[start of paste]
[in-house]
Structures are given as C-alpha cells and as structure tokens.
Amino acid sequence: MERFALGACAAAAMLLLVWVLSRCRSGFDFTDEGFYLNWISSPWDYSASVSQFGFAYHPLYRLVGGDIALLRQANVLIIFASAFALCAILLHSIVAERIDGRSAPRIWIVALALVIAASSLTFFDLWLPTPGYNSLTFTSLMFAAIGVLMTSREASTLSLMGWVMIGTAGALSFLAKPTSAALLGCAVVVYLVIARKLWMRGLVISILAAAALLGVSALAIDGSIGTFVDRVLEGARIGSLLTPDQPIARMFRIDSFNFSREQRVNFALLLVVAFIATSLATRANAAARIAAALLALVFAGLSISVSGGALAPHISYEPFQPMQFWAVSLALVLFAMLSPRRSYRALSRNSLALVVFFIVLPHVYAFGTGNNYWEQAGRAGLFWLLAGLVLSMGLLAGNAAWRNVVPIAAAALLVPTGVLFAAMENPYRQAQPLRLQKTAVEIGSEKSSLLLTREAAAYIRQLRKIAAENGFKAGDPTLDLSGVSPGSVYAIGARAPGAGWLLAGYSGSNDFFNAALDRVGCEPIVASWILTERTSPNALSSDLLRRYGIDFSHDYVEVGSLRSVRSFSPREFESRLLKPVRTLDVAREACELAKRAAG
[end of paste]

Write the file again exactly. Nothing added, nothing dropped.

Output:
[in-house]
Structures are given as C-alpha cells and as structure tokens.
Amino acid sequence: MERFALGACAAAAMLLLVWVLSRCRSGFDFTDEGFYLNWISSPWDYSASVSQFGFAYHPLYRLVGGDIALLRQANVLIIFASAFALCAILLHSIVAERIDGRSAPRIWIVALALVIAASSLTFFDLWLPTPGYNSLTFTSLMFAAIGVLMTSREASTLSLMGWVMIGTAGALSFLAKPTSAALLGCAVVVYLVIARKLWMRGLVISILAAAALLGVSALAIDGSIGTFVDRVLEGARIGSLLTPDQPIARMFRIDSFNFSREQRVNFALLLVVAFIATSLATRANAAARIAAALLALVFAGLSISVSGGALAPHISYEPFQPMQFWAVSLALVLFAMLSPRRSYRALSRNSLALVVFFIVLPHVYAFGTGNNYWEQAGRAGLFWLLAGLVLSMGLLAGNAAWRNVVPIAAAALLVPTGVLFAAMENPYRQAQPLRLQKTAVEIGSEKSSLLLTREAAAYIRQLRKIAAENGFKAGDPTLDLSGVSPGSVYAIGARAPGAGWLLAGYSGSNDFFNAALDRVGCEPIVASWILTERTSPNALSSDLLRRYGIDFSHDYVEVGSLRSVRSFSPREFESRLLKPVRTLDVAREACELAKRAAG